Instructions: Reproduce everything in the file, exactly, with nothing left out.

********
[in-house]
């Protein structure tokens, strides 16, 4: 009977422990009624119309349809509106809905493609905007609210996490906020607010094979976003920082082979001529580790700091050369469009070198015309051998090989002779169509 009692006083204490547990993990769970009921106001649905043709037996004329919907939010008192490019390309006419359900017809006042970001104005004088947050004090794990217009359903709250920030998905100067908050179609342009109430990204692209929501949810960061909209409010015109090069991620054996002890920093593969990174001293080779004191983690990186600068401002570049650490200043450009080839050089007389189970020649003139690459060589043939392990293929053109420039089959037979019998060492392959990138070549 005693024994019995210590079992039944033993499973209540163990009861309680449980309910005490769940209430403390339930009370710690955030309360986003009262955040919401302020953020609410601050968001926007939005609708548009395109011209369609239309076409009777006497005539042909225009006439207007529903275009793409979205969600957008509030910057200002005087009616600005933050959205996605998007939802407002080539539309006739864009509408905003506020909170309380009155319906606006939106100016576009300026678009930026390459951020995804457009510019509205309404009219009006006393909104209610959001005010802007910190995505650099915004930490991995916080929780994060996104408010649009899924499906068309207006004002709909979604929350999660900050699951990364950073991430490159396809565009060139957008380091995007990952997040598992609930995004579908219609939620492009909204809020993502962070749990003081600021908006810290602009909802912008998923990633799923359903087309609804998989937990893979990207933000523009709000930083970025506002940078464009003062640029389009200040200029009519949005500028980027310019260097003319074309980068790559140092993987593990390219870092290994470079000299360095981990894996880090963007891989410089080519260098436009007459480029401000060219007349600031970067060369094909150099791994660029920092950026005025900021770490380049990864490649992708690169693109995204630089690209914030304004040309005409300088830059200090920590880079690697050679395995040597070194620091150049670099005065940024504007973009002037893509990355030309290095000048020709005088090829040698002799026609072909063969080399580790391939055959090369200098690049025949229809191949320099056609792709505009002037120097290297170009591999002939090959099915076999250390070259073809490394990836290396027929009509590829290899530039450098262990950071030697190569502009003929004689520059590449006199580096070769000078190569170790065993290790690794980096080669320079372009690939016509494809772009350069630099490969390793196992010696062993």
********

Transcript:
[in-house]
């Protein structure tokens, strides 16, 4: 009977422990009624119309349809509106809905493609905007609210996490906020607010094979976003920082082979001529580790700091050369469009070198015309051998090989002779169509 009692006083204490547990993990769970009921106001649905043709037996004329919907939010008192490019390309006419359900017809006042970001104005004088947050004090794990217009359903709250920030998905100067908050179609342009109430990204692209929501949810960061909209409010015109090069991620054996002890920093593969990174001293080779004191983690990186600068401002570049650490200043450009080839050089007389189970020649003139690459060589043939392990293929053109420039089959037979019998060492392959990138070549 005693024994019995210590079992039944033993499973209540163990009861309680449980309910005490769940209430403390339930009370710690955030309360986003009262955040919401302020953020609410601050968001926007939005609708548009395109011209369609239309076409009777006497005539042909225009006439207007529903275009793409979205969600957008509030910057200002005087009616600005933050959205996605998007939802407002080539539309006739864009509408905003506020909170309380009155319906606006939106100016576009300026678009930026390459951020995804457009510019509205309404009219009006006393909104209610959001005010802007910190995505650099915004930490991995916080929780994060996104408010649009899924499906068309207006004002709909979604929350999660900050699951990364950073991430490159396809565009060139957008380091995007990952997040598992609930995004579908219609939620492009909204809020993502962070749990003081600021908006810290602009909802912008998923990633799923359903087309609804998989937990893979990207933000523009709000930083970025506002940078464009003062640029389009200040200029009519949005500028980027310019260097003319074309980068790559140092993987593990390219870092290994470079000299360095981990894996880090963007891989410089080519260098436009007459480029401000060219007349600031970067060369094909150099791994660029920092950026005025900021770490380049990864490649992708690169693109995204630089690209914030304004040309005409300088830059200090920590880079690697050679395995040597070194620091150049670099005065940024504007973009002037893509990355030309290095000048020709005088090829040698002799026609072909063969080399580790391939055959090369200098690049025949229809191949320099056609792709505009002037120097290297170009591999002939090959099915076999250390070259073809490394990836290396027929009509590829290899530039450098262990950071030697190569502009003929004689520059590449006199580096070769000078190569170790065993290790690794980096080669320079372009690939016509494809772009350069630099490969390793196992010696062993």